The Isley Brothers are an American musical group originally from Cincinnati, Ohio, originally a vocal trio consisting of brothers O’Kelly Isley, Jr., Rudolph Isley and Ronald Isley.

The group has been cited as having enjoyed one of the “longest, most influential, and most diverse careers in the pantheon of popular music”. Alongside a fourth brother, Vernon, the group originally performed gospel music until Vernon’s death a couple years after its original formation. After moving to the New York City area in the late 1950s, the group had modest chart successes during their early years, first coming to prominence in 1959 with their fourth single, “Shout”, written by the three brothers. Initially a modest charted single, the song eventually sold over a million copies.

Afterwards the group recorded modestly successful works for a variety of labels, including the top 20 single, “Twist & Shout” and the Motown single, “This Old Heart of Mine (Is Weak for You)” before recording and issuing the Grammy Award-winning hit, “It’s Your Thing” on their own label, T-Neck Records. Initially influenced by gospel and doo-wop music, the group began experimenting with different musical styles incorporating elements of rock and funk music as well as pop balladry. The inclusion of younger brothers Ernie Isley (lead guitar, drums) and Marvin Isley (bass guitar), and Rudolph’s brother-in-law Chris Jasper (keyboards, synthesizers) in 1973 turned the original vocal trio into a self-contained musical band. Credit: Wikipedia

The Isley Brothers won me over with their albums: “Go For Your Guns” and “The Heat Is On”, featuring “For the Love of You”,”Make Me Say It Again, Girl” and “Voyage to Atlantis.” Here is one of my favorite versions of the song “Caravan of Love.”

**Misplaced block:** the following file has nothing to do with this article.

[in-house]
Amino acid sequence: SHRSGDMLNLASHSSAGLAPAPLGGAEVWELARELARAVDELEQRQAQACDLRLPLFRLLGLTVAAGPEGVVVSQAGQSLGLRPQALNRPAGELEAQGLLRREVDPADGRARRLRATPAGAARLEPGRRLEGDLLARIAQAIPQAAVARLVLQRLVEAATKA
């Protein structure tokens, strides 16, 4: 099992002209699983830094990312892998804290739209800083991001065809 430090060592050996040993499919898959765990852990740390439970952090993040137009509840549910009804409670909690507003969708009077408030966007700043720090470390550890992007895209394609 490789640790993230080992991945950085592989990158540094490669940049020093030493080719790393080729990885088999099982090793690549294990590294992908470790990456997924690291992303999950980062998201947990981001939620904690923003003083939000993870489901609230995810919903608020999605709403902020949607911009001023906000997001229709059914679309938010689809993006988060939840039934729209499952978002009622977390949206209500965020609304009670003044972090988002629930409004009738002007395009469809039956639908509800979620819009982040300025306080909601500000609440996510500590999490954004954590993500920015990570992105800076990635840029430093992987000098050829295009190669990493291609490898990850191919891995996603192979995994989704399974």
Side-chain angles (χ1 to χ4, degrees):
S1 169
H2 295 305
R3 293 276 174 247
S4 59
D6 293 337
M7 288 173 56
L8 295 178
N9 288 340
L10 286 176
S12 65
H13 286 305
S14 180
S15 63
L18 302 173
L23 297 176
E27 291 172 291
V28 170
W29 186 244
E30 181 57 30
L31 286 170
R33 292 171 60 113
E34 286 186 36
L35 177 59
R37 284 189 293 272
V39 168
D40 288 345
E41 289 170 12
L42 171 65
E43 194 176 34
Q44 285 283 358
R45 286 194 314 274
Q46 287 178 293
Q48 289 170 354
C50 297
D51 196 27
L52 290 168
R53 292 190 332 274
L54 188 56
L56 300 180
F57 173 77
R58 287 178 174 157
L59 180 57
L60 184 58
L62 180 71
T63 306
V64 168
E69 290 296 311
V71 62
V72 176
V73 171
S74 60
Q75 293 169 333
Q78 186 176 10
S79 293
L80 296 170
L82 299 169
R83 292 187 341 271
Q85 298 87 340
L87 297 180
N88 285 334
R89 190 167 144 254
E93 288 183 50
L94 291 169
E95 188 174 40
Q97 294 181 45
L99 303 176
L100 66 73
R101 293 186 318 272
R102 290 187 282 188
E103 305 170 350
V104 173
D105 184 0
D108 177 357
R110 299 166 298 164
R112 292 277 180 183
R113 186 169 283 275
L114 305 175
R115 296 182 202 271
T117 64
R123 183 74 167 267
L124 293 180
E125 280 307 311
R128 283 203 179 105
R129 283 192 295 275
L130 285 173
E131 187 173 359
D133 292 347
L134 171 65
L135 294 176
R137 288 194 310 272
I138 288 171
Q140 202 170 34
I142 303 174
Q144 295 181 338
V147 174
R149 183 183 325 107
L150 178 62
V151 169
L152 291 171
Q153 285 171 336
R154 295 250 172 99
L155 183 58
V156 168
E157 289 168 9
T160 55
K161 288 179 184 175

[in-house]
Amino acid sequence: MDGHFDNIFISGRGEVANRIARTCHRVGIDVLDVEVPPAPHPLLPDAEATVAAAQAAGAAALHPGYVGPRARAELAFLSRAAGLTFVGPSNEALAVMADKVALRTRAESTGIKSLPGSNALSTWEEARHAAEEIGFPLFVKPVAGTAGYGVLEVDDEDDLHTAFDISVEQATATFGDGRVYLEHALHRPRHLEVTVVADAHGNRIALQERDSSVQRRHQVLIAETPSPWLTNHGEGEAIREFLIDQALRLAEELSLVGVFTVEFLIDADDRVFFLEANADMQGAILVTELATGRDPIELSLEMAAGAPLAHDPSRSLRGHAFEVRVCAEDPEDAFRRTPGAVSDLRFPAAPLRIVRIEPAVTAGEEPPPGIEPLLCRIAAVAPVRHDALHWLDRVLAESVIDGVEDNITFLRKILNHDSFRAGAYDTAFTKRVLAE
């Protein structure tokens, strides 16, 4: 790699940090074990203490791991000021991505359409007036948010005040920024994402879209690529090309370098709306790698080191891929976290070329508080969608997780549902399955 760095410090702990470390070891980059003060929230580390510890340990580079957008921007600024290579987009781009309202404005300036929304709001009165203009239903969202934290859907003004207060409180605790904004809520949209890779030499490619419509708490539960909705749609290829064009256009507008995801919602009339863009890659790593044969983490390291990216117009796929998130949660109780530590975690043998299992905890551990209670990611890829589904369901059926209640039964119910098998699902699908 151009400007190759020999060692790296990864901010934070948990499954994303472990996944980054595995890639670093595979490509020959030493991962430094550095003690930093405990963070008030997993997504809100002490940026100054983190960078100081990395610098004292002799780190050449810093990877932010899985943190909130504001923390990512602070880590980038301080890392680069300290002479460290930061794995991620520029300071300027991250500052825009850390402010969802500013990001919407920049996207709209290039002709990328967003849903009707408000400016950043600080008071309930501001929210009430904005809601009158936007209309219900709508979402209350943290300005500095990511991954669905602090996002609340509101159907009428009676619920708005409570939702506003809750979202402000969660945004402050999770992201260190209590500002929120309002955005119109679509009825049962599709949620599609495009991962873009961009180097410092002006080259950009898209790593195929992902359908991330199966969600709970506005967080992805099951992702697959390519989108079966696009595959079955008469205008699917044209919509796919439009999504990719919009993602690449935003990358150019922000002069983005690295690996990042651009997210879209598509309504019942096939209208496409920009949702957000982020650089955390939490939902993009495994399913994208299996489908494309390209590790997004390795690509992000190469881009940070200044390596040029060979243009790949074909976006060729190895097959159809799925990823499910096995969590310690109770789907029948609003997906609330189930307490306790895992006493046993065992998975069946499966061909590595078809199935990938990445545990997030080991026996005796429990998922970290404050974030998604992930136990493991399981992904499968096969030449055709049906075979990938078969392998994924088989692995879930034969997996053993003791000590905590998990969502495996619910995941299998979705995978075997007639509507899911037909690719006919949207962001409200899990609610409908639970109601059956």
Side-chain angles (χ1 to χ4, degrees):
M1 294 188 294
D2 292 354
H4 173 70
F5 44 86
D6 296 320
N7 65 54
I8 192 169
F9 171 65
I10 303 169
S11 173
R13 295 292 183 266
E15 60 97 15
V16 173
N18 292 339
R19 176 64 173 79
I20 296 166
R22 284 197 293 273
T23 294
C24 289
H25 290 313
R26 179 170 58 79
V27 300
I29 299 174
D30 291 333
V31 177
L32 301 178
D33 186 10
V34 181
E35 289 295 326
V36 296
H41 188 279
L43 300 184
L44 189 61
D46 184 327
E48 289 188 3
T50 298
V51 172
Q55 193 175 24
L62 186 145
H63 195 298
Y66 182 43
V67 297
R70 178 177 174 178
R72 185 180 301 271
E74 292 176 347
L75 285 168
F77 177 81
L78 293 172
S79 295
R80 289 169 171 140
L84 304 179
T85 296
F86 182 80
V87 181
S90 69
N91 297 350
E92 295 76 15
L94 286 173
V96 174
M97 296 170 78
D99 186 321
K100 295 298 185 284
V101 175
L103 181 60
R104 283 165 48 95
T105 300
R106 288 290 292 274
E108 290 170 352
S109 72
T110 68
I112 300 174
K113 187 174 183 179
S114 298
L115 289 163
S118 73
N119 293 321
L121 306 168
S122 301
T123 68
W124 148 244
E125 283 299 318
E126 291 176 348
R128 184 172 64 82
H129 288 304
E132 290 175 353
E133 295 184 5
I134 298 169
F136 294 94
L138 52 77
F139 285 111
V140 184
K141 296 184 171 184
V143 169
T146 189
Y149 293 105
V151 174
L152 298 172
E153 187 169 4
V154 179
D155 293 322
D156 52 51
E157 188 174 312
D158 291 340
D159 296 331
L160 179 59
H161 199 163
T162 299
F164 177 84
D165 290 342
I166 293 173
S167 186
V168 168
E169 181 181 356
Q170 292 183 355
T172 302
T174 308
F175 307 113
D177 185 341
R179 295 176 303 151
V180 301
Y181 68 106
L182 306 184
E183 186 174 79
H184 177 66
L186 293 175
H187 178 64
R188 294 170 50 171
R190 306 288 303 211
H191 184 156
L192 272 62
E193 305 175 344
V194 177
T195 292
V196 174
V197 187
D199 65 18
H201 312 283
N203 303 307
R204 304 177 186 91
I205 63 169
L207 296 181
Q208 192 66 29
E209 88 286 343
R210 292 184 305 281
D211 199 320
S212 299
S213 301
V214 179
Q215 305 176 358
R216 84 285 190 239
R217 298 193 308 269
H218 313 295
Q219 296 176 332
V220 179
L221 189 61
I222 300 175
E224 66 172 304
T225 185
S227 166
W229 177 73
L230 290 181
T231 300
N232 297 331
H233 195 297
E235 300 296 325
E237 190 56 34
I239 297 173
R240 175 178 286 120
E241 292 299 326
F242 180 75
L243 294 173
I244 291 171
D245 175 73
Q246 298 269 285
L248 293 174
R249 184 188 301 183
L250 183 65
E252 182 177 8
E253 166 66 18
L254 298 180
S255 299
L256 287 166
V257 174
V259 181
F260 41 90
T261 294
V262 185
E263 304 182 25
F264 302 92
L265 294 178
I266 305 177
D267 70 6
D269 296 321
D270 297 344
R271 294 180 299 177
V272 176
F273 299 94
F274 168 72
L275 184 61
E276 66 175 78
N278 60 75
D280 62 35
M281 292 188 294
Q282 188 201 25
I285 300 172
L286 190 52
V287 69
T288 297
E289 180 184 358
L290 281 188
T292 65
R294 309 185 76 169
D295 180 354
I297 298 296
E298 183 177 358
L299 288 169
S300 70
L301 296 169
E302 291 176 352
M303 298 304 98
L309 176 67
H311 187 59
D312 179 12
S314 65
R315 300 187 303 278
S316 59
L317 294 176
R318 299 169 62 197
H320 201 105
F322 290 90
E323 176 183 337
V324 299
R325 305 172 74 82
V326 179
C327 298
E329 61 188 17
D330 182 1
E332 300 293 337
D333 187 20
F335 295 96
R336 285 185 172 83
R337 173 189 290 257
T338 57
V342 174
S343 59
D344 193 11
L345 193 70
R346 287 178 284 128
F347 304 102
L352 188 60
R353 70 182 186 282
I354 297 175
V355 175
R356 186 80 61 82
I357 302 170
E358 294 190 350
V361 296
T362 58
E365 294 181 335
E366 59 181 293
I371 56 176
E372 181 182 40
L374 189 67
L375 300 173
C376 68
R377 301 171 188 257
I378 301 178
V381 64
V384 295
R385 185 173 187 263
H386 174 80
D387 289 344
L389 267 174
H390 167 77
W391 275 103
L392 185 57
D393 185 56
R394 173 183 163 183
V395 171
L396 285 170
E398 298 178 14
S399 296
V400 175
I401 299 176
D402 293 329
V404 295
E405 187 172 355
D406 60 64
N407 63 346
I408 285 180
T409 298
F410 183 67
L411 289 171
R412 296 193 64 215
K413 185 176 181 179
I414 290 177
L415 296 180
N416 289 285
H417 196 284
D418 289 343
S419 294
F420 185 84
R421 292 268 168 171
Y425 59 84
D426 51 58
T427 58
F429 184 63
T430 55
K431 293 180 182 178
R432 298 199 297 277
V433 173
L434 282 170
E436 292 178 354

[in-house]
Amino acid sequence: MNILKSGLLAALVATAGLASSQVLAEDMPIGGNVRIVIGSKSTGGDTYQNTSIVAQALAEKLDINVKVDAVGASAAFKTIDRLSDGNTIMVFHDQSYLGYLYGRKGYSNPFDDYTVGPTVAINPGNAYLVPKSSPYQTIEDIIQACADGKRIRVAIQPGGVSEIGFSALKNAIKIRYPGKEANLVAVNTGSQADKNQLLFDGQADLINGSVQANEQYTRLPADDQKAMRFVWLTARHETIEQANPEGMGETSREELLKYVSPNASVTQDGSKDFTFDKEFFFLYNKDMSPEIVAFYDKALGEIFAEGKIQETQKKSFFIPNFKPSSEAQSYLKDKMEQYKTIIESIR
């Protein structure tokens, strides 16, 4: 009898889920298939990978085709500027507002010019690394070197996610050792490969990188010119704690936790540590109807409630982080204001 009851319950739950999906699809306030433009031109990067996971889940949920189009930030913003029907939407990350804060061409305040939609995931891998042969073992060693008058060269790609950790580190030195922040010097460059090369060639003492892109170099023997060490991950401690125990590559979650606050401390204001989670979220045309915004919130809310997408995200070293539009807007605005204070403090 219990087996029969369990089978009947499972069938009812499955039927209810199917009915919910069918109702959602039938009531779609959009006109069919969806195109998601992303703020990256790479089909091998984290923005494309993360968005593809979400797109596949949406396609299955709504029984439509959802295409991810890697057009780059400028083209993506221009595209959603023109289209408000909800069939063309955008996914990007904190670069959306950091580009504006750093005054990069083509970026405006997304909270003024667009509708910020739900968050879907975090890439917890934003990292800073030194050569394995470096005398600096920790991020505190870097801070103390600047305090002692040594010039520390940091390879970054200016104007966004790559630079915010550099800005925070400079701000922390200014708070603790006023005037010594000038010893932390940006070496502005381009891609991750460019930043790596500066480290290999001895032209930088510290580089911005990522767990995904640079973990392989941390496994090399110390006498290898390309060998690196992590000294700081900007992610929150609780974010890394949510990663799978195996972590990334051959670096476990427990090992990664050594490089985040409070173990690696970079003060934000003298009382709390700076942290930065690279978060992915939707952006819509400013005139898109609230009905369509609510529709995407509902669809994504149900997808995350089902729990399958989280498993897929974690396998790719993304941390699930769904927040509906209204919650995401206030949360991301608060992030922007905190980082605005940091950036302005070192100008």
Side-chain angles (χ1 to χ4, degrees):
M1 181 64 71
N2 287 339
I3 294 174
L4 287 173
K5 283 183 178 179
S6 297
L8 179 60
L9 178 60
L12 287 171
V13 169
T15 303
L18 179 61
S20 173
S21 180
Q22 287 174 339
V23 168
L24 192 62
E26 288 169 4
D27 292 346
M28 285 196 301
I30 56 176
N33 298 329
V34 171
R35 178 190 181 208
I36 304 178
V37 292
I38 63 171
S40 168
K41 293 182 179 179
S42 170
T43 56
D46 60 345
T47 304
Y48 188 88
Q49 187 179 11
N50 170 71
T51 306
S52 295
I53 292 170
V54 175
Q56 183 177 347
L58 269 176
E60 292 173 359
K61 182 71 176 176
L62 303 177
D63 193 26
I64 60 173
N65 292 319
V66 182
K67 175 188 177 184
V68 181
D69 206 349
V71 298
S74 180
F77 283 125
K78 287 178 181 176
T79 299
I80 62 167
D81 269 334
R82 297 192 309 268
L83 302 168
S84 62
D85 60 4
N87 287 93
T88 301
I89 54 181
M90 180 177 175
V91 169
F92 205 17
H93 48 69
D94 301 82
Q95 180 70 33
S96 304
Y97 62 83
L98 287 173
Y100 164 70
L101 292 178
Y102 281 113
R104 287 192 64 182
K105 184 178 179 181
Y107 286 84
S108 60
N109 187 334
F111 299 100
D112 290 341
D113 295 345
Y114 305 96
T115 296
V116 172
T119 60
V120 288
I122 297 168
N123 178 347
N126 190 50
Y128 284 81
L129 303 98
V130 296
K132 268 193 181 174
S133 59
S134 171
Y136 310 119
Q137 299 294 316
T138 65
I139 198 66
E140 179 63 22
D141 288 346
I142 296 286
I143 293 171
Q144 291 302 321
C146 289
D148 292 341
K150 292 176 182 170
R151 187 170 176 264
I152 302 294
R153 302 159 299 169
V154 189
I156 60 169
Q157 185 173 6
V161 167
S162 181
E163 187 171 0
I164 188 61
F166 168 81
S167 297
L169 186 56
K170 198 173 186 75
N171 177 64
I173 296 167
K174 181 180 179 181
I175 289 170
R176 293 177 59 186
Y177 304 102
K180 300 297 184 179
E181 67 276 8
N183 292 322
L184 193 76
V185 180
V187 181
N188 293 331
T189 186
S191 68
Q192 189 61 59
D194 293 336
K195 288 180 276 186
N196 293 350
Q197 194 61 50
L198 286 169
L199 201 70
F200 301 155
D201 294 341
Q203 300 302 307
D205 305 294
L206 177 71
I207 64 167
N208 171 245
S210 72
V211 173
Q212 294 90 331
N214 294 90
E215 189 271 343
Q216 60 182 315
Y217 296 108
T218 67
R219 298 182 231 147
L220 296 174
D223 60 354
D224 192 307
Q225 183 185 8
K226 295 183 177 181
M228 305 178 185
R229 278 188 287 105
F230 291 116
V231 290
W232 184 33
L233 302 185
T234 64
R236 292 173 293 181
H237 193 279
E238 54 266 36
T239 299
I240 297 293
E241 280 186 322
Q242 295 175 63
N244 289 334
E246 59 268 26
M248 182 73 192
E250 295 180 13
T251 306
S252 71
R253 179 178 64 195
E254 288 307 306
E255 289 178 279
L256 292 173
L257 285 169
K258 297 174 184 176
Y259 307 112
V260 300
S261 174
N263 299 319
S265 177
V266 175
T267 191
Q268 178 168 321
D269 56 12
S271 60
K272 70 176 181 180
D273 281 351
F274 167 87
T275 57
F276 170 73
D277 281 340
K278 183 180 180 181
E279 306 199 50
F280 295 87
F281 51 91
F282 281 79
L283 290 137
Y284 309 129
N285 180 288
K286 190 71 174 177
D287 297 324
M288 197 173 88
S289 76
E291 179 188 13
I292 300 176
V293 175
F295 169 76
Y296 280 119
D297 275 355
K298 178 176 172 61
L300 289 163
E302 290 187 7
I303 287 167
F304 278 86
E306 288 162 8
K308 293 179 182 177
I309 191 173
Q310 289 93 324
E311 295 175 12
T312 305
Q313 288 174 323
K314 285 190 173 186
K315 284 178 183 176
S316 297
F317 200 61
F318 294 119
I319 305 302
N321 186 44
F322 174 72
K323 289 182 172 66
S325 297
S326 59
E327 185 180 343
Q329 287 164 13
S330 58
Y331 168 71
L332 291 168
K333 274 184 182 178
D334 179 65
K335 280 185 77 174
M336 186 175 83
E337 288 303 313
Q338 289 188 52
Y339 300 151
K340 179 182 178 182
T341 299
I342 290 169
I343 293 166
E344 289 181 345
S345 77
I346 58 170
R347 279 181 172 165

E&B World Music Showcase -Nina Simone

Standard

As most of my readers know by now, TenaciousM cannot be edited. What I like, I love and that includes people, art, chocolate and music. So I’ve decided to get a conversation going around some of the amazing music from around the world. Please feel free to share your thoughts and/or submissions for repost or shout out here at Egos & Buffaloes.

If I’m going to do my blog justice, I have to start with Ms. Nina Simone. Her musical influence reached worldwide audiences. When my parents used to listened to her I thought she must be the saddest woman in the world. But I realize now that Nina was soulful like no other. Nina Simone accomplished global appeal during a time when the fires of civil rights and women’s rights movements were just being stoked.

Nina Simone (born Eunice Kathleen Waymon; February 21, 1933 – April 21, 2003) was an American singer, songwriter, pianist, arranger, and civil rights activist widely associated with jazz music. Simone aspired to become a classical pianist while working in a broad range of styles including classical, jazz, blues, folk, R&B, gospel, and pop.

Born the sixth child of a preacher’s family in North Carolina, Simone aspired to be a concert pianist. Her musical path changed direction after she was denied a scholarship to the prestigious Curtis Institute of Music in Philadelphia, despite a well-received audition. Simone was later told by someone working at Curtis that she was rejected because she was black. When she began playing in a small club in Philadelphia to fund her continuing musical education and become a classical pianist she was required to sing as well. She was approached for a recording by Bethlehem Records, and her rendering of “I Loves You, Porgy” was a hit in the United States in 1958. Over the length of her career Simone recorded more than 40 albums, mostly between 1958—when she made her debut with Little Girl Blue—and 1974.

Between 1974-2003, Simone stayed in Barbados for quite some time. A close friend, singer Miriam Makeba, then persuaded her to go to Liberia. Later, she lived in Switzerland and the Netherlands, before settling in France in 1992. Credit: Wikipedia

Nina Simone’s relevance is still visible today. She wrote “Four Women”, a song about four different stereotypes of African-American women, and included the recording on her 1966 album, “Wild Is the Wind”. The following rendition of the song is performed by Ledisi, Jill Scott, Kelly Price, & Marsha Ambrosius during “Black Girls Rock” in 2010.